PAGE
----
$9 million award to student who developed OCD after car crash

by Walter Olson on July 13, 2012

“A Manhattan jury has awarded a former Pace University student $9 million for medical bills, loss of earnings, and pain and suffering as a result of injuries she sustained in a 2004 accident in Pleasantville, injuries that her left her debilitated by obsessive-compulsive disorder and unable to work.” Although a brain scan taken after the incident “came up normal,” “not long after, symptoms of obsessive-compulsive disorder began cropping up, and, over time, became increasingly severe. Grossman could no longer ride in black cars, while also developing an aversion to the number six,” among other symptoms. While the accident took place in suburban Westchester, the plaintiff lived in New York City and sued there; jurors deemed “25 percent responsible, as lawyers for [defendant] Mari argued that [plaintiff] Grossman was speeding and talking on her cellphone at the time of the accident.” No more than $1.1 million will be paid because of a prior agreement between the two sides, presumably what lawyers call a “high-low” agreement. [White Plains Journal-News/LoHud.com]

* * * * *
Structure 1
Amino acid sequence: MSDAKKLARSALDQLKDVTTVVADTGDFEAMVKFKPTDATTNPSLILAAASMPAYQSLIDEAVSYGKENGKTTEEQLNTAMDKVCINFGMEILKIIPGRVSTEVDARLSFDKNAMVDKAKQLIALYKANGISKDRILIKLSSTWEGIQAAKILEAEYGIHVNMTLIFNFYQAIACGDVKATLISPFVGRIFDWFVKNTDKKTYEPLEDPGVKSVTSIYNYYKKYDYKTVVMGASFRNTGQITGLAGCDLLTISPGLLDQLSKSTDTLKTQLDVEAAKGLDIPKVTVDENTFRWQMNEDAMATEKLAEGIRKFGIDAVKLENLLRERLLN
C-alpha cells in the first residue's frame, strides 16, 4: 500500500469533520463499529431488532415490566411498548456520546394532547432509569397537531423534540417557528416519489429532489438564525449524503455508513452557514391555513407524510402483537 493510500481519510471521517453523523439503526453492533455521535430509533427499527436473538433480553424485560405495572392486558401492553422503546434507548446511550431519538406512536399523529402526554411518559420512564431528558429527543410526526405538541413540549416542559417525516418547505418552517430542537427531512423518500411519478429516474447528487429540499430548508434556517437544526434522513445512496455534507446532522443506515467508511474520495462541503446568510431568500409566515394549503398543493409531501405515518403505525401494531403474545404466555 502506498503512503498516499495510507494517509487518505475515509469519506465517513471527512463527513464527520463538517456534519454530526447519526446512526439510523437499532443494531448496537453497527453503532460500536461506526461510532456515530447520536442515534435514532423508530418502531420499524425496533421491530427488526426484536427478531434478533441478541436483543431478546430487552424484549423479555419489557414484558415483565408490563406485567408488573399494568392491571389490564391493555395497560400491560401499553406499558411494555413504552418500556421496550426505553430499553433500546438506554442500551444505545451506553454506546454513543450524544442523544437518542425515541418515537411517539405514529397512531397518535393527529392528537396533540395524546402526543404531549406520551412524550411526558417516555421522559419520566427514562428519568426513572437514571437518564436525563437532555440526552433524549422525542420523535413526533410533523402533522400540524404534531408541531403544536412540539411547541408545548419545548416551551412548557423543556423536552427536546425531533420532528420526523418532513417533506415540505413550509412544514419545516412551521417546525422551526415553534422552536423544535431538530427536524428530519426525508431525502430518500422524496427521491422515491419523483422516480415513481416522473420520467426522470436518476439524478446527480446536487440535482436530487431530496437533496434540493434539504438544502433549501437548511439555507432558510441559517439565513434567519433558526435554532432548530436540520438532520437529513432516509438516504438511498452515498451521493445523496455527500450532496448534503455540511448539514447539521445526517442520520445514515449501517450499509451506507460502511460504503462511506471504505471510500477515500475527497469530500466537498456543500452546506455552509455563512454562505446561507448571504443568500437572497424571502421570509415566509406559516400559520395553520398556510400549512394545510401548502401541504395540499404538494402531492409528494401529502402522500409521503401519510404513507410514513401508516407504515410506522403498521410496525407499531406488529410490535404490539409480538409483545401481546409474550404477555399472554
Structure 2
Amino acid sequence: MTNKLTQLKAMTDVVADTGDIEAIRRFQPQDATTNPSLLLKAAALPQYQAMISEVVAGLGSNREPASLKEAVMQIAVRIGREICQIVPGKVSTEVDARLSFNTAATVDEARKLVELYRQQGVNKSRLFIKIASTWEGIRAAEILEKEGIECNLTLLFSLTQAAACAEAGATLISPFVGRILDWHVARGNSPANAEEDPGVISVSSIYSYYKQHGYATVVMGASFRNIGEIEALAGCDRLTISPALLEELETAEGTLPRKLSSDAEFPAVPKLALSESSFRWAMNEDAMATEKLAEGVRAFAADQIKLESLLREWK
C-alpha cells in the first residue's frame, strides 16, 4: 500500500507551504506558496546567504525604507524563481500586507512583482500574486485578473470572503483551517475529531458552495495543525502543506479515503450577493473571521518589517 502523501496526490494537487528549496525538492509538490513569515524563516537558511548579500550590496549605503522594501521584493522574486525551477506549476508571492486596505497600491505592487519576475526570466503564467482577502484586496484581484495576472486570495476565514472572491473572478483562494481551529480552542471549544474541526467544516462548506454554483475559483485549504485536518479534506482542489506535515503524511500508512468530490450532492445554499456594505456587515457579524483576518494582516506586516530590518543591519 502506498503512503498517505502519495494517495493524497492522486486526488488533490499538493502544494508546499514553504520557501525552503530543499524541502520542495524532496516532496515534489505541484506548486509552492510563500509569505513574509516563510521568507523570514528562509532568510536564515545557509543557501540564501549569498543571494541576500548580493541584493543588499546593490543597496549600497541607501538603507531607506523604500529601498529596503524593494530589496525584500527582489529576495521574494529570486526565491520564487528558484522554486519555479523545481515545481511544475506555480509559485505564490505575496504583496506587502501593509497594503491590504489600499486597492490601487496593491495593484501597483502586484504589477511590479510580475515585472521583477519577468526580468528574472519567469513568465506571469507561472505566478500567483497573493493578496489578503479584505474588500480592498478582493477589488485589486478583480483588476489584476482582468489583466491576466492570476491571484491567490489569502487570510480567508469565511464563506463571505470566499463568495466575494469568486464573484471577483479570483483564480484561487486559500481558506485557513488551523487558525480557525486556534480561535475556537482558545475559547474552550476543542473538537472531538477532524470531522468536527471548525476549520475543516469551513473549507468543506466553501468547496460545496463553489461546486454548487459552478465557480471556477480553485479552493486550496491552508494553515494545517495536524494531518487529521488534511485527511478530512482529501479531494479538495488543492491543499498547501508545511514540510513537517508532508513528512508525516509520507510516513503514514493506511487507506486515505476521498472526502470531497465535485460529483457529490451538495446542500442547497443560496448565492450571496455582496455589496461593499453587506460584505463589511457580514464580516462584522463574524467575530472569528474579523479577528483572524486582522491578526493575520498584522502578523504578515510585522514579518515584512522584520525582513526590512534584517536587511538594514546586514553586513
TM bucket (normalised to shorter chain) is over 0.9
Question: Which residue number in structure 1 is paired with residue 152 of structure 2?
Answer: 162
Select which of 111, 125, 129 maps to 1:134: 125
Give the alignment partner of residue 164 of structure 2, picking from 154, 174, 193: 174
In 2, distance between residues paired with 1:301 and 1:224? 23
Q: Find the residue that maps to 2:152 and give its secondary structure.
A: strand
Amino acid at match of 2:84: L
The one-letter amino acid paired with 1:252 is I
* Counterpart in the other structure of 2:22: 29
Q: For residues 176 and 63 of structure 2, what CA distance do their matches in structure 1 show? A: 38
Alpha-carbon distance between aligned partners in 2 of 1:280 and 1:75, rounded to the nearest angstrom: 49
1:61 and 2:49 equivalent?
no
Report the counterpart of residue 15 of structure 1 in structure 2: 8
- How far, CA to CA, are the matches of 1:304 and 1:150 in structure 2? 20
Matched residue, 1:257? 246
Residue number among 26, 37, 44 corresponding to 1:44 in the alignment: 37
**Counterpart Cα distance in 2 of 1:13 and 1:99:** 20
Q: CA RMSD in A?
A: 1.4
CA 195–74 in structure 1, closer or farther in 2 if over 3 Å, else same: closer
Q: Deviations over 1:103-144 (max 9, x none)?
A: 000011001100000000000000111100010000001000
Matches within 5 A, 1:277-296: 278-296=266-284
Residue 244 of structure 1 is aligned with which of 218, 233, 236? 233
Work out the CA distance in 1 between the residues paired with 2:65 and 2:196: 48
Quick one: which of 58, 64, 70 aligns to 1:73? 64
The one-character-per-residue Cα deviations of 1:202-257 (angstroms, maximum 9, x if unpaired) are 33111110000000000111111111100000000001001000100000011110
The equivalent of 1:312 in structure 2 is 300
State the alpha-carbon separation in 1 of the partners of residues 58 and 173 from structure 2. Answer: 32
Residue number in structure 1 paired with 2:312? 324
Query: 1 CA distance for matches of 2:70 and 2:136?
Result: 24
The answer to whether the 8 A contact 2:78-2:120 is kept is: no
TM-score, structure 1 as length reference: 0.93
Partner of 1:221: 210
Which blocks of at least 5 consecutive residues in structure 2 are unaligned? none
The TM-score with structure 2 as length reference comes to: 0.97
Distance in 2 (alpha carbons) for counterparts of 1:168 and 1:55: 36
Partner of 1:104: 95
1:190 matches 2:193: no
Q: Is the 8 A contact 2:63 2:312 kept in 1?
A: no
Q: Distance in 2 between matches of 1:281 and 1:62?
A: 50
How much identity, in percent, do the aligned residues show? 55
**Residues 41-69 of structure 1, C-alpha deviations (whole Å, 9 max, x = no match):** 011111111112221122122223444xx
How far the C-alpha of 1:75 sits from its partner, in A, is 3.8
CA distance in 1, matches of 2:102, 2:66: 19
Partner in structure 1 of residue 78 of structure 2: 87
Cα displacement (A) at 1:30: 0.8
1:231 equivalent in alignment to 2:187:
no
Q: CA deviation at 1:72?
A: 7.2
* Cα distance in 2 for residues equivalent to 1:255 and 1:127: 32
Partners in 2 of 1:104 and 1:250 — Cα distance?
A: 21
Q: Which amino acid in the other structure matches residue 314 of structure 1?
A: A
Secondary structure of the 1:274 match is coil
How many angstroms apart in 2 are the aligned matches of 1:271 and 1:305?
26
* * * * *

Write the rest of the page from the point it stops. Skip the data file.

{ 6 comments }

1 Jack Wilson 07.13.12 at 9:11 am

She was speeding and talking on her cell phone at the time of the crash – and 25% responsible. Is this what they call New Math?

2 mojo 07.13.12 at 10:43 am

Ok, call me cynical, but what say we track the severity of her OCD post-award?

3 Jesse Spurway 07.13.12 at 12:35 pm

phew. it could have been worse…$6 million.

4 John Rohan 07.13.12 at 1:11 pm

Here’s a link to that article that doesn’t require you to log in:

http://www.lohud.com/apps/pbcs.dll/article?AID=2012307120048

5 blhlls 07.13.12 at 2:21 pm

If the jury determined tha she couldn’t have done much to avoid the accident because the other driver turned in front of her, then 25 percent for her speed and cell phone sound about right.

6 Turk 07.17.12 at 4:50 pm

She was speeding and talking on her cell phone at the time of the crash – and 25% responsible. Is this what they call New Math?

Well, actually, the article says that this is what the defense lawyers argued. That doesn’t mean it was accurate from a fly-on-the-wall point of view. Trials are about reconstruction of events. Juries get all the snippets, not just second-hand media summaries.

Ok, call me cynical, but what say we track the severity of her OCD post-award?

The article, for what it’s worth, says that there were seizures. This points to an organic cause of brain injury. I assume neurological experts batted this around in front of the jury.

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